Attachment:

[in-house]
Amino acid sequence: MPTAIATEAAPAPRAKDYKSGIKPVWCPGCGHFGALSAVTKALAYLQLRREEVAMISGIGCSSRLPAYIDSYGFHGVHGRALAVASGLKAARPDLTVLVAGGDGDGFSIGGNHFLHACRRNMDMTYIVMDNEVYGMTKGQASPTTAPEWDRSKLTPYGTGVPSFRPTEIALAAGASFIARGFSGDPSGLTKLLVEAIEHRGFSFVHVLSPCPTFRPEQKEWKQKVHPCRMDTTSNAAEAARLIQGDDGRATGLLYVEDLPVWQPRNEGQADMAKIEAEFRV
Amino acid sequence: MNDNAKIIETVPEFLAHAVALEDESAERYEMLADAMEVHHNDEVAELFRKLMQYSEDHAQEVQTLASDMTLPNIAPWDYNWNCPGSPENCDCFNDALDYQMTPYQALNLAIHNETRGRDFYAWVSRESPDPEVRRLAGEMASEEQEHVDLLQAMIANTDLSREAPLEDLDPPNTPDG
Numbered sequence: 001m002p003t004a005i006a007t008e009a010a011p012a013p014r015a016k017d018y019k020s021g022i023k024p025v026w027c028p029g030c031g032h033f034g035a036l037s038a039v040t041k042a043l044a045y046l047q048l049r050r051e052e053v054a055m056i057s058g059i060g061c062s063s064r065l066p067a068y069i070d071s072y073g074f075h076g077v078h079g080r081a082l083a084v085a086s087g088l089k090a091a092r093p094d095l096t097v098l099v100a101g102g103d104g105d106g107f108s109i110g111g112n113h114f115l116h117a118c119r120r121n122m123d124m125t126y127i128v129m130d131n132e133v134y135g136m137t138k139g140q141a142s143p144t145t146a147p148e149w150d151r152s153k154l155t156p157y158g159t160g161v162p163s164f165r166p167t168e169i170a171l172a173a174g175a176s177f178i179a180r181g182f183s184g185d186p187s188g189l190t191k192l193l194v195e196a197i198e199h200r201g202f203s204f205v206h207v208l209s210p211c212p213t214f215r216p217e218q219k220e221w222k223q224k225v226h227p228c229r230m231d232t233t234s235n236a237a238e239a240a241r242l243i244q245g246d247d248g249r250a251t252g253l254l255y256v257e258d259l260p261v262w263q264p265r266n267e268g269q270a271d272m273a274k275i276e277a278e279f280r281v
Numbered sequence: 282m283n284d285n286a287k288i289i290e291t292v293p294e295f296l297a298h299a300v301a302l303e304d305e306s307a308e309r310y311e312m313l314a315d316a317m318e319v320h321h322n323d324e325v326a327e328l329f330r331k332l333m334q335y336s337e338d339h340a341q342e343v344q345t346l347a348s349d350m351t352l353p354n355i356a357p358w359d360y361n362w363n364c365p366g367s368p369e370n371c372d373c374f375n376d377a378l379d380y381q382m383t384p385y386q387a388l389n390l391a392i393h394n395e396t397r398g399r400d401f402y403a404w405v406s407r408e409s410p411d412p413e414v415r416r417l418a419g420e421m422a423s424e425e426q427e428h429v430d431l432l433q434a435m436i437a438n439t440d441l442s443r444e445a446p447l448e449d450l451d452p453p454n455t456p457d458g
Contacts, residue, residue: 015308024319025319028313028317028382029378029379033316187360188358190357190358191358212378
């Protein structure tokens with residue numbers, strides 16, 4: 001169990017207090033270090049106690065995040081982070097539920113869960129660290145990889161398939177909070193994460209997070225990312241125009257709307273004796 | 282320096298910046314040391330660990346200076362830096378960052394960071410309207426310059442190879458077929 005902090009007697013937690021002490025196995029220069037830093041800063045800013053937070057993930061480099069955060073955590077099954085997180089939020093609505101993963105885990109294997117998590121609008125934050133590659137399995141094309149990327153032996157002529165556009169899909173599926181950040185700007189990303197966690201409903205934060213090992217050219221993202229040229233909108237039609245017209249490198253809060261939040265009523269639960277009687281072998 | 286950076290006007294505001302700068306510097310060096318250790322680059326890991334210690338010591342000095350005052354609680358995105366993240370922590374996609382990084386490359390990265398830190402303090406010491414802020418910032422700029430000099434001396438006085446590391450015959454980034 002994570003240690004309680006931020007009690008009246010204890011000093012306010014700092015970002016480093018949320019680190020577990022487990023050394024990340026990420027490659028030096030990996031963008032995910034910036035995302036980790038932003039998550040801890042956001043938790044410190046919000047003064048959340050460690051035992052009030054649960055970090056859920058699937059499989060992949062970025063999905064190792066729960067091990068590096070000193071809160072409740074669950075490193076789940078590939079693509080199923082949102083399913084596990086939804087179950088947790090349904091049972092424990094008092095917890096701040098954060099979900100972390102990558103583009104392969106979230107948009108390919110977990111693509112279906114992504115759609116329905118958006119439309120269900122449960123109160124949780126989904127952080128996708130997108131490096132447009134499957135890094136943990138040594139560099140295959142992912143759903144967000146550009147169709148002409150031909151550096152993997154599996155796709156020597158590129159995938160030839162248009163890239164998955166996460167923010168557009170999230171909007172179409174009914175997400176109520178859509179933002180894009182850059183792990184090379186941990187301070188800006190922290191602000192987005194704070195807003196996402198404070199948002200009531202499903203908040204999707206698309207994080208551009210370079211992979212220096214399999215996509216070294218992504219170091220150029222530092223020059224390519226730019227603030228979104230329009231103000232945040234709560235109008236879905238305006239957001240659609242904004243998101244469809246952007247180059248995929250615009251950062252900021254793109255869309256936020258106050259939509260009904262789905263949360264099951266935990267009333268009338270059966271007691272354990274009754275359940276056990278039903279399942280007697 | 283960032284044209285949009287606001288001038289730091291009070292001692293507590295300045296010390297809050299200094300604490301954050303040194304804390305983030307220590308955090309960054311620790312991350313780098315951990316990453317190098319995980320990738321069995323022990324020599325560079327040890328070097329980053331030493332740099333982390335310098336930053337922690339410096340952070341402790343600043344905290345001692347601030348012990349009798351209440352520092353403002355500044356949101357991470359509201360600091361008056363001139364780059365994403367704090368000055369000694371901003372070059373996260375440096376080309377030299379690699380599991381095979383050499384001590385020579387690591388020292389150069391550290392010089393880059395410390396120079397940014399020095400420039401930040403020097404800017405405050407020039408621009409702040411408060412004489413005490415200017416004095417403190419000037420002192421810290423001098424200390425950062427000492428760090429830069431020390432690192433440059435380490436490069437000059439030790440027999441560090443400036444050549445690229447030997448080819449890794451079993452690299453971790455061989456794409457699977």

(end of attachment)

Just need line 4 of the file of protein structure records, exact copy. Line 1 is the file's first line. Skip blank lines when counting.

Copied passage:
Numbered sequence: 001m002p003t004a005i006a007t008e009a010a011p012a013p014r015a016k017d018y019k020s021g022i023k024p025v026w027c028p029g030c031g032h033f034g035a036l037s038a039v040t041k042a043l044a045y046l047q048l049r050r051e052e053v054a055m056i057s058g059i060g061c062s063s064r065l066p067a068y069i070d071s072y073g074f075h076g077v078h079g080r081a082l083a084v085a086s087g088l089k090a091a092r093p094d095l096t097v098l099v100a101g102g103d104g105d106g107f108s109i110g111g112n113h114f115l116h117a118c119r120r121n122m123d124m125t126y127i128v129m130d131n132e133v134y135g136m137t138k139g140q141a142s143p144t145t146a147p148e149w150d151r152s153k154l155t156p157y158g159t160g161v162p163s164f165r166p167t168e169i170a171l172a173a174g175a176s177f178i179a180r181g182f183s184g185d186p187s188g189l190t191k192l193l194v195e196a197i198e199h200r201g202f203s204f205v206h207v208l209s210p211c212p213t214f215r216p217e218q219k220e221w222k223q224k225v226h227p228c229r230m231d232t233t234s235n236a237a238e239a240a241r242l243i244q245g246d247d248g249r250a251t252g253l254l255y256v257e258d259l260p261v262w263q264p265r266n267e268g269q270a271d272m273a274k275i276e277a278e279f280r281v